Network Effects: Measure Them, Nurture Them (3 of 3) | Summary and Q&A

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March 29, 2019
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Network Effects: Measure Them, Nurture Them (3 of 3)

TL;DR

Network effects are not binary and can be measured using various leading and lagging indicators.

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Key Insights

  • 💗 Network effects are not binary and can grow or decline over time.
  • 🥺 Measuring network effects requires a combination of leading and lagging indicators.
  • 🥺 Leading indicators like retention cohorts and power user curves help understand the dynamics of the network.
  • 🥳 Lagging indicators like the DAU/MAU ratio and pricing power indicate the strength of network effects.
  • 🥺 Early adopters might contribute to higher retention rates, complicating leading indicators' interpretation.
  • 📶 Evaluating the energy/capital required to replicate a network can indicate network strength.
  • 👤 Multi-tenancy and user loyalty are important aspects of network effects.

Transcript

how do you actually nurture what are some of the important you encourage people to look at yeah so we wrote an entire blog post that's filled with 16 that's of course 16 obviously there's only 16 and so yeah exactly so going back to the point about network effects one of the primary misconceptions about network effects being that they're binary eit... Read More

Questions & Answers

Q: How can network effects be measured?

Network effects can be measured using a combination of leading and lagging indicators. Leading indicators include retention cohorts and power user curves, while lagging indicators include DAU/MAU ratio and pricing power.

Q: What are leading indicators of network effects?

Leading indicators of network effects include retention cohorts and power user curves. These metrics help analyze the behavior of users who joined more recently and indicate whether the network is growing or declining.

Q: What are lagging indicators of network effects?

Lagging indicators of network effects include metrics like DAU/MAU ratio and pricing power. These metrics assess the engagement and profitability of the network and indicate the strength of network effects.

Q: How do leading indicators differ from lagging indicators in measuring network effects?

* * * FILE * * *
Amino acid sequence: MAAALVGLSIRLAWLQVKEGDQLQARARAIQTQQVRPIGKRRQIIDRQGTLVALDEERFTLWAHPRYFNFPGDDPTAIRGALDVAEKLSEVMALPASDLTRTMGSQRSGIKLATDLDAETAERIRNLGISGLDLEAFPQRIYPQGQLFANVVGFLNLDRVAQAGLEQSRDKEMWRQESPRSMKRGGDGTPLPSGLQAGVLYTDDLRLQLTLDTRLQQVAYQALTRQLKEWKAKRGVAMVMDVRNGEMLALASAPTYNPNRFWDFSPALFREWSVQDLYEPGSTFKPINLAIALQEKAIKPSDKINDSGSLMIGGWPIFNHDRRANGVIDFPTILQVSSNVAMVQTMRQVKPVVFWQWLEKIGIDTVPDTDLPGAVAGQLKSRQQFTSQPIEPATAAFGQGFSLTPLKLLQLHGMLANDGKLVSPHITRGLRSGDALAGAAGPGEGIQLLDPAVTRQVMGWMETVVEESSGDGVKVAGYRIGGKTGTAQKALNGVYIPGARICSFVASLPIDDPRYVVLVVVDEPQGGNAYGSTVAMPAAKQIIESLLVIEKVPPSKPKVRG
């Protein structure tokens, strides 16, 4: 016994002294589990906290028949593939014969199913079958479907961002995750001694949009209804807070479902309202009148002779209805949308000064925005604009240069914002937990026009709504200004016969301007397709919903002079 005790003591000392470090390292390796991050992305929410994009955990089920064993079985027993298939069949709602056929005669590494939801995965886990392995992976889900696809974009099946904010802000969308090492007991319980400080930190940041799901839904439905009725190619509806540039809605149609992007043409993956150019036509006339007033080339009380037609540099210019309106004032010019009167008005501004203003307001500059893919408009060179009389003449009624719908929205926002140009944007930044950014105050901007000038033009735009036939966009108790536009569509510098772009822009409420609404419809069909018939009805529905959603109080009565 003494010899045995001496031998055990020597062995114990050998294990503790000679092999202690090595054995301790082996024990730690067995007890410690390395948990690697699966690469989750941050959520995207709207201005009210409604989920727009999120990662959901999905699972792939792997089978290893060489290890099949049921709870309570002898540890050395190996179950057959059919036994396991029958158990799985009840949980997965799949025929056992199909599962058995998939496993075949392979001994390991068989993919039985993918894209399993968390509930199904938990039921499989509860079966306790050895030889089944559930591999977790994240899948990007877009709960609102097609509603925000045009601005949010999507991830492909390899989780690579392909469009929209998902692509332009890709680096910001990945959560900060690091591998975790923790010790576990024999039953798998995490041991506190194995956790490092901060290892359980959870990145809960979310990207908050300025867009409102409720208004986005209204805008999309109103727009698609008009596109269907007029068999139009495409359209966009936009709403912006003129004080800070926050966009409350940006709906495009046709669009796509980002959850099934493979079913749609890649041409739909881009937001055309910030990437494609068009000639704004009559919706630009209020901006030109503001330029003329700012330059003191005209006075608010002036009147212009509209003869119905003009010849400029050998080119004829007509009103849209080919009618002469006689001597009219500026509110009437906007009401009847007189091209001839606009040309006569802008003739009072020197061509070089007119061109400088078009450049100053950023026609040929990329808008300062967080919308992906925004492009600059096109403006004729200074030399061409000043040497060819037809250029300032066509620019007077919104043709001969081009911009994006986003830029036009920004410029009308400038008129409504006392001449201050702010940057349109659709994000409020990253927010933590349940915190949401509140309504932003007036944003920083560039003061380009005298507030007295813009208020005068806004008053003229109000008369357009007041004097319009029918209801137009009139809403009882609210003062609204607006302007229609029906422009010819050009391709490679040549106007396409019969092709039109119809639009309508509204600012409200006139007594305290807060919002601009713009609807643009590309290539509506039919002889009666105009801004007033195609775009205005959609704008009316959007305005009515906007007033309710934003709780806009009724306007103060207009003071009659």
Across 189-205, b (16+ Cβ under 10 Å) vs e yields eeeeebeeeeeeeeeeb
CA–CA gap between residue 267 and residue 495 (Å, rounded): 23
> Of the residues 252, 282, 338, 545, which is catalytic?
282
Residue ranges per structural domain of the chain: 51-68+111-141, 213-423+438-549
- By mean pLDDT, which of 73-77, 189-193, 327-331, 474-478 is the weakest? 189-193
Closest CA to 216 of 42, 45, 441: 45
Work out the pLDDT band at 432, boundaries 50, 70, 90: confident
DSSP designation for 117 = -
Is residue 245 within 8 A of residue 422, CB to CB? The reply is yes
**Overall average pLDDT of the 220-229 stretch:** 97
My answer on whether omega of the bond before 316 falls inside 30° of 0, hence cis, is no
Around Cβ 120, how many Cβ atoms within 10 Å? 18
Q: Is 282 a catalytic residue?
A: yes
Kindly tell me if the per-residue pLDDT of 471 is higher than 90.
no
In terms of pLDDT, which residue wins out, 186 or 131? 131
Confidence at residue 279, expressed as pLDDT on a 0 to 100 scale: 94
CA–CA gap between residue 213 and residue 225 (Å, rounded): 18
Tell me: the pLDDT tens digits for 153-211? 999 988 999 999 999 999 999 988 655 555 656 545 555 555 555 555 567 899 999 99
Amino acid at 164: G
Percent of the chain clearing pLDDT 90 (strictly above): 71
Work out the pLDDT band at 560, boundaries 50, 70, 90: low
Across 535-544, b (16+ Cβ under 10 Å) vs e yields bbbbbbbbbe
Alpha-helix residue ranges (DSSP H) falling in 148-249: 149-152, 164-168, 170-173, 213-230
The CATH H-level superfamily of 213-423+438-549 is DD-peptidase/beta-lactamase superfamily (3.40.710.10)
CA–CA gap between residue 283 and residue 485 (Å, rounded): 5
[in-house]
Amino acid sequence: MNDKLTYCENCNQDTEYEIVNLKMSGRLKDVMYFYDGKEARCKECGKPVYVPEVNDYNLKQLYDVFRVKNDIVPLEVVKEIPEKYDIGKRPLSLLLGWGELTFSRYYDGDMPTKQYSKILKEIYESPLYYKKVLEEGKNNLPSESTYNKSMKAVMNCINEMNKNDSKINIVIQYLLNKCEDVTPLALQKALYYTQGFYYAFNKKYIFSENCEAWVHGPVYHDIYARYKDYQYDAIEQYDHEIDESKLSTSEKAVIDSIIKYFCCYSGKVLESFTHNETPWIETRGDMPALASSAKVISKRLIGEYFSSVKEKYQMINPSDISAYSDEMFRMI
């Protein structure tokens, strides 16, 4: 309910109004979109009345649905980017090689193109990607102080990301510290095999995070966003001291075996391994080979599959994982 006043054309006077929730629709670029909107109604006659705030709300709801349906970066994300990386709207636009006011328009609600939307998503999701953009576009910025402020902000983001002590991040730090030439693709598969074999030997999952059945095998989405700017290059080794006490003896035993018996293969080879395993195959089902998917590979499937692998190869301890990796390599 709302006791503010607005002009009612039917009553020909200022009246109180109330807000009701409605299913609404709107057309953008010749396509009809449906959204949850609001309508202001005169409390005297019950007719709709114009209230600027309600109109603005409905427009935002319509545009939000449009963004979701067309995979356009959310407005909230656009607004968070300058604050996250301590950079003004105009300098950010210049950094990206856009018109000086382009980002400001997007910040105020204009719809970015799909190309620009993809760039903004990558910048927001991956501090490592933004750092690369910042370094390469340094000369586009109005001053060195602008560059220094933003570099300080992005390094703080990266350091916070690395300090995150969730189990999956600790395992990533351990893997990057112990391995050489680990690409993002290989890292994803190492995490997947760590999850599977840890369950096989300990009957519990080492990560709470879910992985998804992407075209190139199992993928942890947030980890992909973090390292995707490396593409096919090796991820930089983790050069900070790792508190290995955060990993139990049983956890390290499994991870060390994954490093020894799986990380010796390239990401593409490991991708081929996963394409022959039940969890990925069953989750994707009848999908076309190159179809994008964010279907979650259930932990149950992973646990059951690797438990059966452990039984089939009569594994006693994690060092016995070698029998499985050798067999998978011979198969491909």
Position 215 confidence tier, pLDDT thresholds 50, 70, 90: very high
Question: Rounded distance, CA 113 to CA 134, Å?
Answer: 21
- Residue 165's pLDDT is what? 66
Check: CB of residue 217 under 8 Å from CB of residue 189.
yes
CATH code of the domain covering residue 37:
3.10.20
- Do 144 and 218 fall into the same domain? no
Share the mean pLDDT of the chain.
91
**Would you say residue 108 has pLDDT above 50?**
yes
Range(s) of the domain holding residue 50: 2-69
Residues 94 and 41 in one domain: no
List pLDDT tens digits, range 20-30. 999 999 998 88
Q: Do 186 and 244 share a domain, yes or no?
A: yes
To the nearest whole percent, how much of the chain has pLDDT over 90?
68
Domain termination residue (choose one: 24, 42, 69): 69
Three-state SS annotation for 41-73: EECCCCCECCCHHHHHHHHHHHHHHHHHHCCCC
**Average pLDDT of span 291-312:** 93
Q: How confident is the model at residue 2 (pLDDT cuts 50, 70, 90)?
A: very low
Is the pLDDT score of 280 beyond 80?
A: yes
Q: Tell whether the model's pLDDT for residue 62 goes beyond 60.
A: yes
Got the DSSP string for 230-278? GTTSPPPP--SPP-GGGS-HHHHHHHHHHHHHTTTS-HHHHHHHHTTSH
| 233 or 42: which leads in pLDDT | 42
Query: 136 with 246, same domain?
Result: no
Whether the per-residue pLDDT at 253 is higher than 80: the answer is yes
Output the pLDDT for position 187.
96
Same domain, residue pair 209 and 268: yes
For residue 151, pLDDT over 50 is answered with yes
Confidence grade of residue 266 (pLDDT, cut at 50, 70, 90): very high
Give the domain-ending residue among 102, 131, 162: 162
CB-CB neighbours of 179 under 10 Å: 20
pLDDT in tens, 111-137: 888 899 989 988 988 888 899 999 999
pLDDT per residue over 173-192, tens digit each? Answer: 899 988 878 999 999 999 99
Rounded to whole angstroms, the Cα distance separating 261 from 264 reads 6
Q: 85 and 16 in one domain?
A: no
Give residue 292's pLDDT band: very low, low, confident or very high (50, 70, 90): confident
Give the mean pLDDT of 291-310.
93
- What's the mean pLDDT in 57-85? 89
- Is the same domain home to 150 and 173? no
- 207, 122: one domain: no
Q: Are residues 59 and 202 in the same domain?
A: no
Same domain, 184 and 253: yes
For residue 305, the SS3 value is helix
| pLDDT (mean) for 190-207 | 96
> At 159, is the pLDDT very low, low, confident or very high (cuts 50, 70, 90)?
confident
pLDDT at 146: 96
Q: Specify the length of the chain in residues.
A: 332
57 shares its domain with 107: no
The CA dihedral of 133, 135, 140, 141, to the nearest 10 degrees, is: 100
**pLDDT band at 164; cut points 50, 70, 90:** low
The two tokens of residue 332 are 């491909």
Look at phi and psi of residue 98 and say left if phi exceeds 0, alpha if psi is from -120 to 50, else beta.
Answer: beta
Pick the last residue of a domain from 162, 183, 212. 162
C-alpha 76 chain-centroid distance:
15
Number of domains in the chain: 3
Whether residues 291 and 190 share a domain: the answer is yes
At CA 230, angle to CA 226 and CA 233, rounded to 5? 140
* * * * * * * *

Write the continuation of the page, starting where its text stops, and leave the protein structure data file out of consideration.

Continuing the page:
Leading indicators provide insights into the current state of network effects by analyzing recent user cohorts, while lagging indicators assess the overall strength of the network based on historical data and profitability.

Summary

In this video, the speaker discusses network effects and provides insights on how to measure and nurture them. They talk about the misconception of network effects being binary and emphasize the significance of understanding the nuances and growth potential of network effects. The speaker introduces a list of 16 different ways to measure network effects, including leading and lagging indicators. They delve into metrics such as retention cohorts, power user curve, and pricing power. The speaker also highlights the importance of considering competitor dynamics and multi-tending in evaluating network effects. Ultimately, the goal is to assess the strength of a network by determining the resources required to replicate it.

Questions & Answers

Q: How can network effects be nurtured?

Network effects can be nurtured by understanding their nuances and implementing strategies to promote growth. The speaker mentions a blog post that provides 16 ways to measure network effects, which can serve as a guide for nurturing them. By focusing on leading indicators of network effects, such as retention cohorts and power user curves, one can gain a deeper understanding of user behavior and tailor strategies to enhance the network's value and engagement.

Q: What are leading indicators of network effects?